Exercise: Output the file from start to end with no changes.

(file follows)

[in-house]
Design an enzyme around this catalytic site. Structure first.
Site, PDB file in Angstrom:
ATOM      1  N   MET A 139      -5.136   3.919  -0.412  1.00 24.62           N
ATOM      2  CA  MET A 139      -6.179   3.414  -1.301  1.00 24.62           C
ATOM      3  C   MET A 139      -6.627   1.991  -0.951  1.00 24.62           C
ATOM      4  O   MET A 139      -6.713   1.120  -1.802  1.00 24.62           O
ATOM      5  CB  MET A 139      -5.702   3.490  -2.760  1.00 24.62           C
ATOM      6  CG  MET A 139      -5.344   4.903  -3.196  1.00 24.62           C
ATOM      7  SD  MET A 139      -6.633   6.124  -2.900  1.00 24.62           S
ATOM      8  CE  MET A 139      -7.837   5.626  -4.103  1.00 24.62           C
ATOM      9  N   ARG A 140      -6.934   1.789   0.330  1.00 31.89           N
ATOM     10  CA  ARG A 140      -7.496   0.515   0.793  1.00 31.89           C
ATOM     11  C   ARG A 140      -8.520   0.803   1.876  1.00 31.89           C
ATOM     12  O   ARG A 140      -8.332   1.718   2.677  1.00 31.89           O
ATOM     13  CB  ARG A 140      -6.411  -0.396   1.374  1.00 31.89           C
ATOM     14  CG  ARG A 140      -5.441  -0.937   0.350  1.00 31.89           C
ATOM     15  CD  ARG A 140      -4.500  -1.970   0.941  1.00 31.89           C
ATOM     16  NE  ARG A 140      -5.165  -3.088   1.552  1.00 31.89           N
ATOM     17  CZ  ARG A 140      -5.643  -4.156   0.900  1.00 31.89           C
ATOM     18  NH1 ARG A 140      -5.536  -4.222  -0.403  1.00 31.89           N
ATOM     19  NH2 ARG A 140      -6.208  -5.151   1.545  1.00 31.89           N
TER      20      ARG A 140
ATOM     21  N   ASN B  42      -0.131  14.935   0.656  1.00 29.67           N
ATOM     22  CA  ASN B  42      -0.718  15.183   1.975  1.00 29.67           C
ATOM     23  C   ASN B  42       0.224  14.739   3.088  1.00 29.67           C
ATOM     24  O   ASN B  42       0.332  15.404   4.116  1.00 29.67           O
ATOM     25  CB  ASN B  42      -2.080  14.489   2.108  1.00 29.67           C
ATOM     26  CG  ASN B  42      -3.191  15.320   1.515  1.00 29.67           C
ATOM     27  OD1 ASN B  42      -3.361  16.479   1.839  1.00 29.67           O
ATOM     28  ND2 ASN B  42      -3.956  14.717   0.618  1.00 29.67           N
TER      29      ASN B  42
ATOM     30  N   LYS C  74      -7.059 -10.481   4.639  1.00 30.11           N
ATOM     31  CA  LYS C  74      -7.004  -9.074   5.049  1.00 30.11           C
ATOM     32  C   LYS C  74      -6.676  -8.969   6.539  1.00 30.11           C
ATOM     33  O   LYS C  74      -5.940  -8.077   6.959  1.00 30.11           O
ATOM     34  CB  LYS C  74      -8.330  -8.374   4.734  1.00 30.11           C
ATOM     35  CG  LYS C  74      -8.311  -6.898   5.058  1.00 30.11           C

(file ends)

[in-house]
Design an enzyme around this catalytic site. Structure first.
Site, PDB file in Angstrom:
ATOM      1  N   MET A 139      -5.136   3.919  -0.412  1.00 24.62           N
ATOM      2  CA  MET A 139      -6.179   3.414  -1.301  1.00 24.62           C
ATOM      3  C   MET A 139      -6.627   1.991  -0.951  1.00 24.62           C
ATOM      4  O   MET A 139      -6.713   1.120  -1.802  1.00 24.62           O
ATOM      5  CB  MET A 139      -5.702   3.490  -2.760  1.00 24.62           C
ATOM      6  CG  MET A 139      -5.344   4.903  -3.196  1.00 24.62           C
ATOM      7  SD  MET A 139      -6.633   6.124  -2.900  1.00 24.62           S
ATOM      8  CE  MET A 139      -7.837   5.626  -4.103  1.00 24.62           C
ATOM      9  N   ARG A 140      -6.934   1.789   0.330  1.00 31.89           N
ATOM     10  CA  ARG A 140      -7.496   0.515   0.793  1.00 31.89           C
ATOM     11  C   ARG A 140      -8.520   0.803   1.876  1.00 31.89           C
ATOM     12  O   ARG A 140      -8.332   1.718   2.677  1.00 31.89           O
ATOM     13  CB  ARG A 140      -6.411  -0.396   1.374  1.00 31.89           C
ATOM     14  CG  ARG A 140      -5.441  -0.937   0.350  1.00 31.89           C
ATOM     15  CD  ARG A 140      -4.500  -1.970   0.941  1.00 31.89           C
ATOM     16  NE  ARG A 140      -5.165  -3.088   1.552  1.00 31.89           N
ATOM     17  CZ  ARG A 140      -5.643  -4.156   0.900  1.00 31.89           C
ATOM     18  NH1 ARG A 140      -5.536  -4.222  -0.403  1.00 31.89           N
ATOM     19  NH2 ARG A 140      -6.208  -5.151   1.545  1.00 31.89           N
TER      20      ARG A 140
ATOM     21  N   ASN B  42      -0.131  14.935   0.656  1.00 29.67           N
ATOM     22  CA  ASN B  42      -0.718  15.183   1.975  1.00 29.67           C
ATOM     23  C   ASN B  42       0.224  14.739   3.088  1.00 29.67           C
ATOM     24  O   ASN B  42       0.332  15.404   4.116  1.00 29.67           O
ATOM     25  CB  ASN B  42      -2.080  14.489   2.108  1.00 29.67           C
ATOM     26  CG  ASN B  42      -3.191  15.320   1.515  1.00 29.67           C
ATOM     27  OD1 ASN B  42      -3.361  16.479   1.839  1.00 29.67           O
ATOM     28  ND2 ASN B  42      -3.956  14.717   0.618  1.00 29.67           N
TER      29      ASN B  42
ATOM     30  N   LYS C  74      -7.059 -10.481   4.639  1.00 30.11           N
ATOM     31  CA  LYS C  74      -7.004  -9.074   5.049  1.00 30.11           C
ATOM     32  C   LYS C  74      -6.676  -8.969   6.539  1.00 30.11           C
ATOM     33  O   LYS C  74      -5.940  -8.077   6.959  1.00 30.11           O
ATOM     34  CB  LYS C  74      -8.330  -8.374   4.734  1.00 30.11           C
ATOM     35  CG  LYS C  74      -8.311  -6.898   5.058  1.00 30.11           C